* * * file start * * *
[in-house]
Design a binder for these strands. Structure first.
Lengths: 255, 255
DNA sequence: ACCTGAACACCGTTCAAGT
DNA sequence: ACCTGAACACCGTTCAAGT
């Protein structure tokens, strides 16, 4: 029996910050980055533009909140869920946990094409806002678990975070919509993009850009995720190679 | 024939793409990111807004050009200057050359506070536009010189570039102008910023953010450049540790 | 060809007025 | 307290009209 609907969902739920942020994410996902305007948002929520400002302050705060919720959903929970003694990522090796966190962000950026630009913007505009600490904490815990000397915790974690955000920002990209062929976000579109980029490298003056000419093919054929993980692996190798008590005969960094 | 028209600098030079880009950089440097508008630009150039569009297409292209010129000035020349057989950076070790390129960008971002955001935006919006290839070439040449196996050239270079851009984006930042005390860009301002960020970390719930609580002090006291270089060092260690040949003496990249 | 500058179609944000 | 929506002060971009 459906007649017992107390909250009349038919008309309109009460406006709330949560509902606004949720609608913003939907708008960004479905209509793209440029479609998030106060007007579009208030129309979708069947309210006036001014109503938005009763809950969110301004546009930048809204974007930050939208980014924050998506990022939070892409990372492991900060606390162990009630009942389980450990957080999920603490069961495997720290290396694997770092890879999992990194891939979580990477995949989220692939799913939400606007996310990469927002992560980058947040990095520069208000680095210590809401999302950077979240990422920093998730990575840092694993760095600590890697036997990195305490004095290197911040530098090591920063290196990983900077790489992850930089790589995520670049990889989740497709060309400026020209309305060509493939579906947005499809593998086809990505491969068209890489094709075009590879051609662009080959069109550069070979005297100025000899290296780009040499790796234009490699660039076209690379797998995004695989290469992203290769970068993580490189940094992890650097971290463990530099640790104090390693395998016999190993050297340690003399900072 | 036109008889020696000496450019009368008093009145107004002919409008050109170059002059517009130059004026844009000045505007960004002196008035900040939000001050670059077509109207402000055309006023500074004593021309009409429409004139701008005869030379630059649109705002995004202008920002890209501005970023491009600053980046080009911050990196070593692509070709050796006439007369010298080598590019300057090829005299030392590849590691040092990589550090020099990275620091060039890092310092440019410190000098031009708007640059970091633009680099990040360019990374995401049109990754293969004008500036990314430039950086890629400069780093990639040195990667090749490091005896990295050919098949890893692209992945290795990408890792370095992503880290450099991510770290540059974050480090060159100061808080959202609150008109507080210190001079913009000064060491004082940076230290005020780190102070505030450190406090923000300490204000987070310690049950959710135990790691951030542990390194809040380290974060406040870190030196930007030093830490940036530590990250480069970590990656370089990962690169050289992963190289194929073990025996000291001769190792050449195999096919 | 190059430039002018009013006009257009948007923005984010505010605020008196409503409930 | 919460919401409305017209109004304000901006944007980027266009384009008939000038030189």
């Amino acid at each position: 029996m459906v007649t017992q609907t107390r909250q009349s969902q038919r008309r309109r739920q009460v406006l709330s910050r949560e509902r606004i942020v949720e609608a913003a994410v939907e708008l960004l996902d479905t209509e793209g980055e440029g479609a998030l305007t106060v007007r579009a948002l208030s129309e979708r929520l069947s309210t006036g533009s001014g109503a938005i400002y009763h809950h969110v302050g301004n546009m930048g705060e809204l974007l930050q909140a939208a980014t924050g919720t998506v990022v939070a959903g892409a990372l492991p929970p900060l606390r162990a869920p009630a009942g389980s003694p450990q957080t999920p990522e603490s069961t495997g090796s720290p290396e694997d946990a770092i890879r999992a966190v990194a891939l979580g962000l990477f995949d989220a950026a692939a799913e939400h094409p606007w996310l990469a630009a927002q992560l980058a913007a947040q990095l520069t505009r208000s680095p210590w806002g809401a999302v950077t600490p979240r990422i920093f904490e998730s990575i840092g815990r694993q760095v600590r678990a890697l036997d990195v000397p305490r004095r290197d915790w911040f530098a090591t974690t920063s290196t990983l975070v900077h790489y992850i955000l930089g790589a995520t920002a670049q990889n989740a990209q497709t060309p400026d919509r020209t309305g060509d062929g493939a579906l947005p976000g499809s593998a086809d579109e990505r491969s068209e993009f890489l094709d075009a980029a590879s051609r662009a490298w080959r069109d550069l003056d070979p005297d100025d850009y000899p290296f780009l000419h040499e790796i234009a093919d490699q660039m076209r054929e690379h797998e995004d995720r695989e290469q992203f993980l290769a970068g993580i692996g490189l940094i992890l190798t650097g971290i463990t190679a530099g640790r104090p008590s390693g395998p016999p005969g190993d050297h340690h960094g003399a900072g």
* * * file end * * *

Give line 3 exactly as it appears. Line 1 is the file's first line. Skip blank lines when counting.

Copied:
Lengths: 255, 255